Fluent in English.
A gathering for future teachers interested in Baltic Sea Region history and cooperation.
Are you studying to be a teacher?
Are you looking to expand your network and meet inspiring people from the region?
The Baltic Sea Youth Dialogue invites you to increase your knowledge and get inspiration for your future work as a teacher!
Baltic Sea Youth Dialogue 2017
Baltic Sea regional cooperation is vital for tackling the challenges of today and finding solutions for tomorrow. Baltic Sea Youth Dialogue 2017 aims to bring regional cooperation into perspective engaging future generations. Therefore, we offer a week-long session of seminars and workshops to students from the Baltic Sea Region and beyond. The Baltic Sea Youth Dialogue 2017 will take place in Helsinki (4 days) and St. Petersburg (3 days) and focus on history, culture, politics and the need for cross-border cooperation.
We will contact the selected participants shortly after. Accommodation, catering, transfer from Helsinki to St. Petersburg will be provided by the organisers and the reimbursement of travel expenses is guaranteed up to 200 EUR for each participant.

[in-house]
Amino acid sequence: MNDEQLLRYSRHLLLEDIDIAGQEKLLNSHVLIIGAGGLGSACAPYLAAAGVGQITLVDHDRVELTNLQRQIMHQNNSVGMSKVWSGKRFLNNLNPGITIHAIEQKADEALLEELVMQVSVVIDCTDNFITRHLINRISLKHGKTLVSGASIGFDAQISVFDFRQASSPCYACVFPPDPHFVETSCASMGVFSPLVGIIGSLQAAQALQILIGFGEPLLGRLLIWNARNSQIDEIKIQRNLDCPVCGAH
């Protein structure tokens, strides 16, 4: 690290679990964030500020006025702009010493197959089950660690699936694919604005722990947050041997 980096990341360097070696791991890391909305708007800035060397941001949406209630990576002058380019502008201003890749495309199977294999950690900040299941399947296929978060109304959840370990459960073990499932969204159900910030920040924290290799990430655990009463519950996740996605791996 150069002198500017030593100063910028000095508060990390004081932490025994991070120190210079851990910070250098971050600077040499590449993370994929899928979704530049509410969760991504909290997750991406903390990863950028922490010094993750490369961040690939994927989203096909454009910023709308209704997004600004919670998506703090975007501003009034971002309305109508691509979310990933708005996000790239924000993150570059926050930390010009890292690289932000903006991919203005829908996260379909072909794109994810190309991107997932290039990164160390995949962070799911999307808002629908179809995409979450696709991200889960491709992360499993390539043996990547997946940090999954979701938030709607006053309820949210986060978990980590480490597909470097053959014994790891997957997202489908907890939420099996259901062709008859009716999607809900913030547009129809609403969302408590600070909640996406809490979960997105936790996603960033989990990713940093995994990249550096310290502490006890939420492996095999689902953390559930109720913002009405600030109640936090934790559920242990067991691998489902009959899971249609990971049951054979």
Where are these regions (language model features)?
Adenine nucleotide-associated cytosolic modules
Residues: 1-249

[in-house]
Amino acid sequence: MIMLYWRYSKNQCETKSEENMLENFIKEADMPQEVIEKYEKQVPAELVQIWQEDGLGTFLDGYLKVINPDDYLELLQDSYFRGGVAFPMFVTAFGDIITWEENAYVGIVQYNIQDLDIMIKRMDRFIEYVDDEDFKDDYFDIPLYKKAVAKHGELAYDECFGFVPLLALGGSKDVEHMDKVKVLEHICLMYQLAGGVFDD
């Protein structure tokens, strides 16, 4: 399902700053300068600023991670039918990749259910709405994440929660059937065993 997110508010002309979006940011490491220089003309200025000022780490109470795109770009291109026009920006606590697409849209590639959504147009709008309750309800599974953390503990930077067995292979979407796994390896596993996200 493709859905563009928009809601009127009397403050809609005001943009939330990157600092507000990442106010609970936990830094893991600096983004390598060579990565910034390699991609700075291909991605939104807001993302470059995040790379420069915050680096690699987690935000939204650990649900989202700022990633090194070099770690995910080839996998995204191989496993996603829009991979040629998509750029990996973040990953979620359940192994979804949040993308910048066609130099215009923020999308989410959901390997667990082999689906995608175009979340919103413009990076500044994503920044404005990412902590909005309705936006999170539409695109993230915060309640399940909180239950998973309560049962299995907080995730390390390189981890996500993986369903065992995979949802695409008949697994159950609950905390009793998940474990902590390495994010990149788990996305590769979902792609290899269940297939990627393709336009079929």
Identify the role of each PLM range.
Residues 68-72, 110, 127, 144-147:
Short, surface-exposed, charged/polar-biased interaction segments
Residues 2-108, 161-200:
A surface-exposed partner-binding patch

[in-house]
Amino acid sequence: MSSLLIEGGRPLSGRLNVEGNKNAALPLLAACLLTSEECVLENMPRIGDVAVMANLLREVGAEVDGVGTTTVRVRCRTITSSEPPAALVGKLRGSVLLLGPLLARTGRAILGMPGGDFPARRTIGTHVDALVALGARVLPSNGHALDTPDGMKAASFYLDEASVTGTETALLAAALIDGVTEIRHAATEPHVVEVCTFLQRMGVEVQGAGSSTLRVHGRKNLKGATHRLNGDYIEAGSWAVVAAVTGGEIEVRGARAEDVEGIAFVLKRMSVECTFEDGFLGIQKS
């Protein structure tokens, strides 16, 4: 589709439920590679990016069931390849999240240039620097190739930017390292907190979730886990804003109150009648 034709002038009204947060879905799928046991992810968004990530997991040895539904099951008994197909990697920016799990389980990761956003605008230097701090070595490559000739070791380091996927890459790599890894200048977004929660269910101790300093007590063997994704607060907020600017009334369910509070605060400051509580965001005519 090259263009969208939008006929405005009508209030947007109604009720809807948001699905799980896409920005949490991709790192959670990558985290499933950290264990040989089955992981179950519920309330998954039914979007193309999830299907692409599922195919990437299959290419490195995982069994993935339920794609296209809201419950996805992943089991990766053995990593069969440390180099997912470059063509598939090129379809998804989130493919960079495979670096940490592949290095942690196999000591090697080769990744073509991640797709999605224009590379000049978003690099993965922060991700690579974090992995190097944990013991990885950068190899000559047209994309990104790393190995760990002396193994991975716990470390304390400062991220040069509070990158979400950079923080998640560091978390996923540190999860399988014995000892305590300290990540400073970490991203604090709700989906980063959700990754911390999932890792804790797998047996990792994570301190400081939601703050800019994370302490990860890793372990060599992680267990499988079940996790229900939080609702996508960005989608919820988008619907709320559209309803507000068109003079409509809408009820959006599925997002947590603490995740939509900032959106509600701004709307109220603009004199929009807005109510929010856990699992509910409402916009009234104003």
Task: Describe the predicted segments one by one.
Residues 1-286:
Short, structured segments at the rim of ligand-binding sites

Cooperation in innovation, research and development is a key dimension in the relations between the European Union and Russia. In this context ERA.Net RUS Plus has implemented a Joint Call for transnational and scientifically excellent research projects in two funding lines: one for 'Innovation projects', and one for 'S&T projects' between 2014 and 2016. The second call round, the ‘ERA.Net RUS Plus Call 2017’ will continue the support of ‘S&T projects’ in the fields of Nanotechnologies, Health, Environment/Climate Change, Social Sciences & Humanities and Robotics as well as the support of ‘Innovation projects’.
We invite you to take part in the 14th International Conference of the Russian Society for Ecological Economics “Ecological and economic problems of development of regions and countries (sustainable development, management of natural resources)”
Date: 3.7.2017-7.7.2017 Place: Petrozavodsk, Russia Webpage: http://RSEE.org
RSEE-2017 Conference continues the tradition of the Russian Society for Ecological Economics (RSEE) to organize meetings of scientists, graduate and post-graduate students and professionals, where they discuss the results of basic and applied research on ecological economics.